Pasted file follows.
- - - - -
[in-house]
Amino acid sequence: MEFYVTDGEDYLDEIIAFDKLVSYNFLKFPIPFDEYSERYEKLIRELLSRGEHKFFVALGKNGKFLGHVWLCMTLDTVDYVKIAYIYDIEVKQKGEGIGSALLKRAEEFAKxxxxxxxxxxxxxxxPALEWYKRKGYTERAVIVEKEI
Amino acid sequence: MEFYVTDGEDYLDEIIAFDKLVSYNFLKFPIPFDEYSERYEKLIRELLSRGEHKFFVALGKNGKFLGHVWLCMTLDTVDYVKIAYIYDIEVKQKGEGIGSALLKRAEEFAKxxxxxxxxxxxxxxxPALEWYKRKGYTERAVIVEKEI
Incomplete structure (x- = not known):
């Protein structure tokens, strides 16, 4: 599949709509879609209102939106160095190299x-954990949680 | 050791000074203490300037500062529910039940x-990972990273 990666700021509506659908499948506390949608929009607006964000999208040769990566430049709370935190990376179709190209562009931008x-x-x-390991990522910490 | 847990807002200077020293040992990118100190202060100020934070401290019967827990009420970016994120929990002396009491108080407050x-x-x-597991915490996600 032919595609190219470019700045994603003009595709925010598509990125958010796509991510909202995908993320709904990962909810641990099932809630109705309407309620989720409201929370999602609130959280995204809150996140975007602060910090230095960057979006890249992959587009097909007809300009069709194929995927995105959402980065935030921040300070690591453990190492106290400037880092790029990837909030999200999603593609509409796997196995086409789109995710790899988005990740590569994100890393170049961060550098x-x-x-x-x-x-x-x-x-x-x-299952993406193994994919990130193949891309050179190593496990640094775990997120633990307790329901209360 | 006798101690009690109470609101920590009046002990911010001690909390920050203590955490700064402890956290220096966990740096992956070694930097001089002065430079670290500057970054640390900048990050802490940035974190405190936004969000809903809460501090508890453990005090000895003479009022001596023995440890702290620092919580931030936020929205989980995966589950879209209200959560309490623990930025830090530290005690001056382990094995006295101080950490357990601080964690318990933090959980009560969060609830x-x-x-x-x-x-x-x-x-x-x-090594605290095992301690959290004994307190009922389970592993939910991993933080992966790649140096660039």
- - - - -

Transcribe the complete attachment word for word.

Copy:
[in-house]
Amino acid sequence: MEFYVTDGEDYLDEIIAFDKLVSYNFLKFPIPFDEYSERYEKLIRELLSRGEHKFFVALGKNGKFLGHVWLCMTLDTVDYVKIAYIYDIEVKQKGEGIGSALLKRAEEFAKxxxxxxxxxxxxxxxPALEWYKRKGYTERAVIVEKEI
Amino acid sequence: MEFYVTDGEDYLDEIIAFDKLVSYNFLKFPIPFDEYSERYEKLIRELLSRGEHKFFVALGKNGKFLGHVWLCMTLDTVDYVKIAYIYDIEVKQKGEGIGSALLKRAEEFAKxxxxxxxxxxxxxxxPALEWYKRKGYTERAVIVEKEI
Incomplete structure (x- = not known):
């Protein structure tokens, strides 16, 4: 599949709509879609209102939106160095190299x-954990949680 | 050791000074203490300037500062529910039940x-990972990273 990666700021509506659908499948506390949608929009607006964000999208040769990566430049709370935190990376179709190209562009931008x-x-x-390991990522910490 | 847990807002200077020293040992990118100190202060100020934070401290019967827990009420970016994120929990002396009491108080407050x-x-x-597991915490996600 032919595609190219470019700045994603003009595709925010598509990125958010796509991510909202995908993320709904990962909810641990099932809630109705309407309620989720409201929370999602609130959280995204809150996140975007602060910090230095960057979006890249992959587009097909007809300009069709194929995927995105959402980065935030921040300070690591453990190492106290400037880092790029990837909030999200999603593609509409796997196995086409789109995710790899988005990740590569994100890393170049961060550098x-x-x-x-x-x-x-x-x-x-x-299952993406193994994919990130193949891309050179190593496990640094775990997120633990307790329901209360 | 006798101690009690109470609101920590009046002990911010001690909390920050203590955490700064402890956290220096966990740096992956070694930097001089002065430079670290500057970054640390900048990050802490940035974190405190936004969000809903809460501090508890453990005090000895003479009022001596023995440890702290620092919580931030936020929205989980995966589950879209209200959560309490623990930025830090530290005690001056382990094995006295101080950490357990601080964690318990933090959980009560969060609830x-x-x-x-x-x-x-x-x-x-x-090594605290095992301690959290004994307190009922389970592993939910991993933080992966790649140096660039």